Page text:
Leeds manager Marcelo Bielsa likes to keep informed. Picture: Justin Setterfield/Getty Images
Leeds manager Marcelo Bielsa likes to keep informed. Picture: Justin Setterfield/Getty Images

Leeds manager admits 'spying' on rivals

LEEDS United boss Marcelo Bielsa has admitted he did send someone to spy on Derby's training, but has not apologised for the incident.

Derby said a Leeds employee had to be removed by police from the perimeter of their training ground ahead of Saturday's (AEDT) Championship match between the clubs.

Derby manager Frank Lampard suspended training and took the players off the pitch after the "spy" was discovered.

Asked about the incident before Leeds' 2-0 win, Bielsa told Sky Sports: "It's true it was someone from Leeds United. I am responsible for it.

"It doesn't matter if this is legal or illegal, or right or wrong ... for me, it is enough that Frank Lampard and Derby felt it was not the right thing to do, for me to believe that I didn't behave well.

"Yesterday I talked to Frank Lampard and he said I didn't respect the rules of fair play. I have a different point of view on it, but the important thing is what Frank Lampard and Derby think.

"I am the only one responsible for it, because I didn't ask for the permission of Leeds to do it.

"Without trying to find a justification, I have been using this kind of practice since the qualifiers for the World Cup with Argentina.

"It is not illegal, we have been doing it publicly and we talk about it in the press. For some people, it's the wrong thing to do and for other people it's not the wrong thing to do."

Derby manager Frank Lampard was less than impressed. Picture: AP
Derby manager Frank Lampard was less than impressed. Picture: AP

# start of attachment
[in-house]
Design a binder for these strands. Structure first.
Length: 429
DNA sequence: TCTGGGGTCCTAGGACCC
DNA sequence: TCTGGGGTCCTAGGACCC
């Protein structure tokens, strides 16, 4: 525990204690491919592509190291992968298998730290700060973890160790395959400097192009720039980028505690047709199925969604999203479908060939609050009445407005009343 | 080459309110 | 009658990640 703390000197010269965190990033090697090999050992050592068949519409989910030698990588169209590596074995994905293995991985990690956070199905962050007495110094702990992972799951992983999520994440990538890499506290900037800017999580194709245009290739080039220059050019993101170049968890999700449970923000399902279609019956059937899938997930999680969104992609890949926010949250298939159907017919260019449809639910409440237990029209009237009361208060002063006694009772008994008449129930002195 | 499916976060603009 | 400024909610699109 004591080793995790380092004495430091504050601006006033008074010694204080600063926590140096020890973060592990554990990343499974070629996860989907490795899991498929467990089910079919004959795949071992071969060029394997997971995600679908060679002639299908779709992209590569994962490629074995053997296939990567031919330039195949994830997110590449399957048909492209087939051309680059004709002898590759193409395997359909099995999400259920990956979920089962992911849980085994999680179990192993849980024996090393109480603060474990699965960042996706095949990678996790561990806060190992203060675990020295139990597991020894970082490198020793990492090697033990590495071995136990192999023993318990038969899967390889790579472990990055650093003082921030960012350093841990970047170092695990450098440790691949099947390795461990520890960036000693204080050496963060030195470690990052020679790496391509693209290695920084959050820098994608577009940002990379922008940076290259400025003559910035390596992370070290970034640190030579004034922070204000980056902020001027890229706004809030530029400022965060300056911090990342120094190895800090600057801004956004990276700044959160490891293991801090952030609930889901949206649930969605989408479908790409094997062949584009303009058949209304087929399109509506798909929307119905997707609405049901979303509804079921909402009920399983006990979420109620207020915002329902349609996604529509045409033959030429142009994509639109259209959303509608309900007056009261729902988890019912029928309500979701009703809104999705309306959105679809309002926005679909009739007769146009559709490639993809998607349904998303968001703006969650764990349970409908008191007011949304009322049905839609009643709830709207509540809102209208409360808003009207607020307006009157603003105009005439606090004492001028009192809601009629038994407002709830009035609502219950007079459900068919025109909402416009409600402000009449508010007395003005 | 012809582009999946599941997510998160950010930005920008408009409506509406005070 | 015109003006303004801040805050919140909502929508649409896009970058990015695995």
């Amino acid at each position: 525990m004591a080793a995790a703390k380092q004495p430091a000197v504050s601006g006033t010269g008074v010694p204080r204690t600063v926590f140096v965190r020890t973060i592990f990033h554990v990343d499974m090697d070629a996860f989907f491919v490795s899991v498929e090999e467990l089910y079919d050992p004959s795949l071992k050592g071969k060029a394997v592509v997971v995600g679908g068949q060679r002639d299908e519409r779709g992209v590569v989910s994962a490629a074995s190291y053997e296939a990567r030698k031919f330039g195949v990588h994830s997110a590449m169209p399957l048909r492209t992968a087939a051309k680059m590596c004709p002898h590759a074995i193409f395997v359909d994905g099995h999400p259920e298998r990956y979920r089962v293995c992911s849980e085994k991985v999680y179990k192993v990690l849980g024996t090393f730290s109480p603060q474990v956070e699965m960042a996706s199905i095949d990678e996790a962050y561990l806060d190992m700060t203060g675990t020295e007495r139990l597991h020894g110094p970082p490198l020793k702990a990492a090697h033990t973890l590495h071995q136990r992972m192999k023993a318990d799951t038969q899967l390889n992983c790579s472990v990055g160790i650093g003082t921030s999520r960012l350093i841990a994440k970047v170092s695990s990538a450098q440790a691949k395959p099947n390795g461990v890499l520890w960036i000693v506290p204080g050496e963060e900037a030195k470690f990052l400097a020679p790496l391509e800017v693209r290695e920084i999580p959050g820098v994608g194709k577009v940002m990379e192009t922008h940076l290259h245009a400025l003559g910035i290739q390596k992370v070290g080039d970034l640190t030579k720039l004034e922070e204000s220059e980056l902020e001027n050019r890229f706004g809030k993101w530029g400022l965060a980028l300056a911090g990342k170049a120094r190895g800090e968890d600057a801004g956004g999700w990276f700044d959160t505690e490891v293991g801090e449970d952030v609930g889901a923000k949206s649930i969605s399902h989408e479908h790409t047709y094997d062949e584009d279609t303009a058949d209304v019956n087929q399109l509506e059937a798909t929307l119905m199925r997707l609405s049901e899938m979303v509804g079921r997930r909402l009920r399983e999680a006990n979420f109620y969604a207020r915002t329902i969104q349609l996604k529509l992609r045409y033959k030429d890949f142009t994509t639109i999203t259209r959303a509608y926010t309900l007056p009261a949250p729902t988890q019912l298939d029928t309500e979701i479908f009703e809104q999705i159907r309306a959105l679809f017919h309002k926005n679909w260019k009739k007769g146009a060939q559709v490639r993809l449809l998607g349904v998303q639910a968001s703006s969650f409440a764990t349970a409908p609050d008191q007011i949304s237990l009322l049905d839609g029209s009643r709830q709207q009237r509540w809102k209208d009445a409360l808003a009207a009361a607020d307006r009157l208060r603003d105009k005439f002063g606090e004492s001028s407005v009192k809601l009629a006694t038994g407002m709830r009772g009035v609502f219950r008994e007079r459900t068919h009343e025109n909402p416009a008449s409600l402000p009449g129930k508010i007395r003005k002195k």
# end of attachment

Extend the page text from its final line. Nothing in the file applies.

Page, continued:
Derby manager Lampard was visibly annoyed when he spoke to Sky Sports and said the same thing had happened before the two sides met earlier in the season.

"We had somebody the day before our first game against them, which we lost 4-1," Lampard said.

"Leeds can beat you 4-1 because they are a fantastic team, but they had someone in the bushes that day. The man was asked to leave but it wasn't followed up like it has been this time.

"On a sportsman's level, it's bad. If we are going to talk about culturally and say I did it somewhere else and it's fine, I don't believe that. It's disrupted our build-up to the game. People will say I am making an excuse, but I will speak like this after the game whether we win, lose or draw.

"The training stopped because the police came on the training ground, then it went away. We were training on team tactics, team shape, personnel, how we are going to press, how we will work off the ball, the fact Harry Wilson wasn't training would become evident, so the person who is watching will see all of that.

"If somebody wants to say that is not relevant, then if tactics aren't relevant, that means Pep Guardiola, Mauricio Pochettino, Jurgen Klopp, all the great managers, are just lucky. If preparation and tactics are not part of the game and quite sacred that you can work on them in your own training ground, then I think they must be lucky managers.

"I don't care if it's cultural. If possibilities come up to travel later in my career, then when I travel to that country I will find out what the etiquette is in that country and I will abide by it, which I think is a good thing to do in life, not just football.

"I don't think we need to (make a complaint), because he's admitted it. It's up to the league to see how they deal with it."

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